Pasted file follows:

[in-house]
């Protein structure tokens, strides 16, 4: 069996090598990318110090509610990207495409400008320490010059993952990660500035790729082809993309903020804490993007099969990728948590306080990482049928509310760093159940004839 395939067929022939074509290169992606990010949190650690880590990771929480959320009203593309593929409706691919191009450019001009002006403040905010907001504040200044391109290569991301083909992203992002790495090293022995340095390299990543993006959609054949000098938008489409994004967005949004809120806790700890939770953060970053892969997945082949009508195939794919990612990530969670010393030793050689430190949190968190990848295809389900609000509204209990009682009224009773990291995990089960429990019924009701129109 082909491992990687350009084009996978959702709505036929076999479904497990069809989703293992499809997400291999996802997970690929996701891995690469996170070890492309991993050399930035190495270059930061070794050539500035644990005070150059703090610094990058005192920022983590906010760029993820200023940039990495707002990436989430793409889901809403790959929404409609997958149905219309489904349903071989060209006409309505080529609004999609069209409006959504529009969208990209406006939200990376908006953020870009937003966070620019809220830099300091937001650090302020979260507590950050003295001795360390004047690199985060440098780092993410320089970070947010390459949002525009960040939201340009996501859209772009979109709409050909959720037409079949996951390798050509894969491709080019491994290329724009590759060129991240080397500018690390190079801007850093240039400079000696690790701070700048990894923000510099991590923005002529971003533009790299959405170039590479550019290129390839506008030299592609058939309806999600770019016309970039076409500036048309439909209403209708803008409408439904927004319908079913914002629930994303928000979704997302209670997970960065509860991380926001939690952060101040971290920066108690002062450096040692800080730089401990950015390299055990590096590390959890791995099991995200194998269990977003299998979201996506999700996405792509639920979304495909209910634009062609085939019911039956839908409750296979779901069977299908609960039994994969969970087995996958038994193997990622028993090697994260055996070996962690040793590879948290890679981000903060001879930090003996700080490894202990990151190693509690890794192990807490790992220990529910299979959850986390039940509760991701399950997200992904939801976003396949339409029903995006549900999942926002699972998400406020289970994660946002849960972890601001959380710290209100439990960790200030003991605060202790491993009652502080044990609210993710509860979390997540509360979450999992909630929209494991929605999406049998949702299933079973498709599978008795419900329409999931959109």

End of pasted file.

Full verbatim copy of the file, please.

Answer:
[in-house]
């Protein structure tokens, strides 16, 4: 069996090598990318110090509610990207495409400008320490010059993952990660500035790729082809993309903020804490993007099969990728948590306080990482049928509310760093159940004839 395939067929022939074509290169992606990010949190650690880590990771929480959320009203593309593929409706691919191009450019001009002006403040905010907001504040200044391109290569991301083909992203992002790495090293022995340095390299990543993006959609054949000098938008489409994004967005949004809120806790700890939770953060970053892969997945082949009508195939794919990612990530969670010393030793050689430190949190968190990848295809389900609000509204209990009682009224009773990291995990089960429990019924009701129109 082909491992990687350009084009996978959702709505036929076999479904497990069809989703293992499809997400291999996802997970690929996701891995690469996170070890492309991993050399930035190495270059930061070794050539500035644990005070150059703090610094990058005192920022983590906010760029993820200023940039990495707002990436989430793409889901809403790959929404409609997958149905219309489904349903071989060209006409309505080529609004999609069209409006959504529009969208990209406006939200990376908006953020870009937003966070620019809220830099300091937001650090302020979260507590950050003295001795360390004047690199985060440098780092993410320089970070947010390459949002525009960040939201340009996501859209772009979109709409050909959720037409079949996951390798050509894969491709080019491994290329724009590759060129991240080397500018690390190079801007850093240039400079000696690790701070700048990894923000510099991590923005002529971003533009790299959405170039590479550019290129390839506008030299592609058939309806999600770019016309970039076409500036048309439909209403209708803008409408439904927004319908079913914002629930994303928000979704997302209670997970960065509860991380926001939690952060101040971290920066108690002062450096040692800080730089401990950015390299055990590096590390959890791995099991995200194998269990977003299998979201996506999700996405792509639920979304495909209910634009062609085939019911039956839908409750296979779901069977299908609960039994994969969970087995996958038994193997990622028993090697994260055996070996962690040793590879948290890679981000903060001879930090003996700080490894202990990151190693509690890794192990807490790992220990529910299979959850986390039940509760991701399950997200992904939801976003396949339409029903995006549900999942926002699972998400406020289970994660946002849960972890601001959380710290209100439990960790200030003991605060202790491993009652502080044990609210993710509860979390997540509360979450999992909630929209494991929605999406049998949702299933079973498709599978008795419900329409999931959109």